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Developmental invariance in distinctiveness effects in memory

Research output: Contribution to journalJournal article

<mark>Journal publication date</mark>11/2006
<mark>Journal</mark>Developmental Psychology
Issue number6
Number of pages13
Pages (from-to)1193-1205
Publication StatusPublished
<mark>Original language</mark>English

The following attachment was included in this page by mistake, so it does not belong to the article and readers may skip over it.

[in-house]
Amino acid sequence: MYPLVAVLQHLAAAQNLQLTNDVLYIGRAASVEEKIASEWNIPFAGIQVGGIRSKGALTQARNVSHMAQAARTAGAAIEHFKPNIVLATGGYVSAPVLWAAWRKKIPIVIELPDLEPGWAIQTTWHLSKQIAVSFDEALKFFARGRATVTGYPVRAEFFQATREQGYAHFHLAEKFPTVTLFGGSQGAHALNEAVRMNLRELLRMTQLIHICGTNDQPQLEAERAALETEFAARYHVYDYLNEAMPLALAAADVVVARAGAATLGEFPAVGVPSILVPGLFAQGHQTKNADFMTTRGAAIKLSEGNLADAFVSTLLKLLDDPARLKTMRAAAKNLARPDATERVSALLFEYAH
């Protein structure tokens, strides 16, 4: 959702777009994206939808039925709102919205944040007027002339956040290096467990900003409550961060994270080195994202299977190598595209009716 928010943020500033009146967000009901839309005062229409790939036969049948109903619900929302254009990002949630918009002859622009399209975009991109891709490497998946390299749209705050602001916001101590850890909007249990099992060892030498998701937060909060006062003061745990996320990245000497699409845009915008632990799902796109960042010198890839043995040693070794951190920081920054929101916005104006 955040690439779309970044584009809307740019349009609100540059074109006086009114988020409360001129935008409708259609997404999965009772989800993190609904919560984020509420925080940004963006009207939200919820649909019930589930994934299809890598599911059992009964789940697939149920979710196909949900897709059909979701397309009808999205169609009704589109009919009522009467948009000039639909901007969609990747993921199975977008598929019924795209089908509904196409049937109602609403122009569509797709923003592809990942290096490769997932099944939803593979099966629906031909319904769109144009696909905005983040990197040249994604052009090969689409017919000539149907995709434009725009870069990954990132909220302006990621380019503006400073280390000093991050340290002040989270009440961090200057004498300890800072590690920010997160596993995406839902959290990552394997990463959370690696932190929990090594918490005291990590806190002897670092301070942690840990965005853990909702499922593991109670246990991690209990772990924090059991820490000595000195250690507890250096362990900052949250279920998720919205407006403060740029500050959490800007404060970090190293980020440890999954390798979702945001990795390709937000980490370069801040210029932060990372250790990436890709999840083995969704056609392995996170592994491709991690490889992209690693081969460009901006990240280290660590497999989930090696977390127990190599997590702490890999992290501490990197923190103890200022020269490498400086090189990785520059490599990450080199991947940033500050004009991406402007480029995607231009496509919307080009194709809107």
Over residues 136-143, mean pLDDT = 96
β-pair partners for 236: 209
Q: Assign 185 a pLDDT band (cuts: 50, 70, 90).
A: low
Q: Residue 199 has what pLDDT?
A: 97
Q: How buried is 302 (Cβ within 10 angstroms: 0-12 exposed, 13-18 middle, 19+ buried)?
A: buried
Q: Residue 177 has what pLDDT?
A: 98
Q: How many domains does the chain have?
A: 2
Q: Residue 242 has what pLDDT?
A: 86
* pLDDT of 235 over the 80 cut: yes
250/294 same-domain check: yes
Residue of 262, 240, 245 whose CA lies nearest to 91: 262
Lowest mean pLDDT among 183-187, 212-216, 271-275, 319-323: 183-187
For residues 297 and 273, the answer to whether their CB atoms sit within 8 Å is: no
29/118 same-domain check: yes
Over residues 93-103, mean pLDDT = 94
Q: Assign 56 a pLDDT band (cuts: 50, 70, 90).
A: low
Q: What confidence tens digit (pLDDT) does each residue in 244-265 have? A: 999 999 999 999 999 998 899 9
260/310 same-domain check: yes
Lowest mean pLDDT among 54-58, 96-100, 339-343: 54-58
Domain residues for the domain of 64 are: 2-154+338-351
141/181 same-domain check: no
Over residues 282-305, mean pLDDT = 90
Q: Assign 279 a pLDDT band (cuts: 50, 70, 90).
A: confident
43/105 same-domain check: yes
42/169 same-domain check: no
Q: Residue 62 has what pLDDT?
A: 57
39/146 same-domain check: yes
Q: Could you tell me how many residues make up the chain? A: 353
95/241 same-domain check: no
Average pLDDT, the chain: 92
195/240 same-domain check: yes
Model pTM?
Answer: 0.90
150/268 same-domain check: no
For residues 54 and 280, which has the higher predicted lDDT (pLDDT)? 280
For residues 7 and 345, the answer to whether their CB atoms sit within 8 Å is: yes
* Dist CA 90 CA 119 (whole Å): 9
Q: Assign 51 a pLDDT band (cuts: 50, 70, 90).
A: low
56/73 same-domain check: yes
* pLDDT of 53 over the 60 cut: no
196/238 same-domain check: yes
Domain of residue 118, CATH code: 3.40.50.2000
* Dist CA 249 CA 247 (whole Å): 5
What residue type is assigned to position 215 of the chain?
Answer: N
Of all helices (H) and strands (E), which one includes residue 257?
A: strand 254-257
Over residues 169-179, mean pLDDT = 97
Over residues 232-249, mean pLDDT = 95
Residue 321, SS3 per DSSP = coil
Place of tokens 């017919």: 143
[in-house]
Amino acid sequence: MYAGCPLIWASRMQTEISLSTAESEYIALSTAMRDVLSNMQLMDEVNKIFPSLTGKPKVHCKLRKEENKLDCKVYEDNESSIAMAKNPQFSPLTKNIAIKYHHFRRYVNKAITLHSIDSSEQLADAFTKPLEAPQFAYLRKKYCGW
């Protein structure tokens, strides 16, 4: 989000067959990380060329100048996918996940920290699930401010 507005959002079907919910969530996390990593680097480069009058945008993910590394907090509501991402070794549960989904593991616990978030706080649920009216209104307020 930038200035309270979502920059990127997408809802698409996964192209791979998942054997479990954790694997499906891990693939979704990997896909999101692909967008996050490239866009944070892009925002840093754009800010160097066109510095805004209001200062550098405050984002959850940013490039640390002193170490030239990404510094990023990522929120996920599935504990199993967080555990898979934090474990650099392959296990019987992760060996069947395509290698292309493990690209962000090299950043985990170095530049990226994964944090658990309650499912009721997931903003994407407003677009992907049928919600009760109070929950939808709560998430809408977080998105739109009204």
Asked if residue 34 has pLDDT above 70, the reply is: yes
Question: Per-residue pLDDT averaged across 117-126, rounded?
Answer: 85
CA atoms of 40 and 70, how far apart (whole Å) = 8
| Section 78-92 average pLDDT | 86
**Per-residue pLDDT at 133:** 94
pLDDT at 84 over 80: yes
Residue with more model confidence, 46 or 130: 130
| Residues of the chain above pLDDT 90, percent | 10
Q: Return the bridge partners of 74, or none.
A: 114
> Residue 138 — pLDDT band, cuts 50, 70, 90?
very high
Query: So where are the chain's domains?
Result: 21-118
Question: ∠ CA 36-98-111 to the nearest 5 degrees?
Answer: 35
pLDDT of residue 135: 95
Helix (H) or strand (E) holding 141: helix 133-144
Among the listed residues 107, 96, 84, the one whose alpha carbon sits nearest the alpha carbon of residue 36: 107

Improvements in 5- and 7-year-olds' acquisition and retention of related concept pairings were examined when additional similarities and differences between pair members were provided. Using a standard paired-associate learning paradigm, children learned 18 related picture pairs; some of the children either were given or produced additional similarities or differences between pair members at the time of learning. Three weeks after learning was complete, children attempted to recall the pairs. Using a model to determine the storage and retrieval loci of these effects, the results showed that (a) all children benefited from self-generated elaborations, regardless of whether these were similarities or differences, and these benefits were storage related, and (b) difference elaborations improved children's retention regardless of whether they were self- or experimenter-generated, and these effects were primarily retrieval based. These results are consistent with theories that (a) view retrieval as the locus of distinctiveness effects and (b) view storage as the locus of self-generated memory improvements.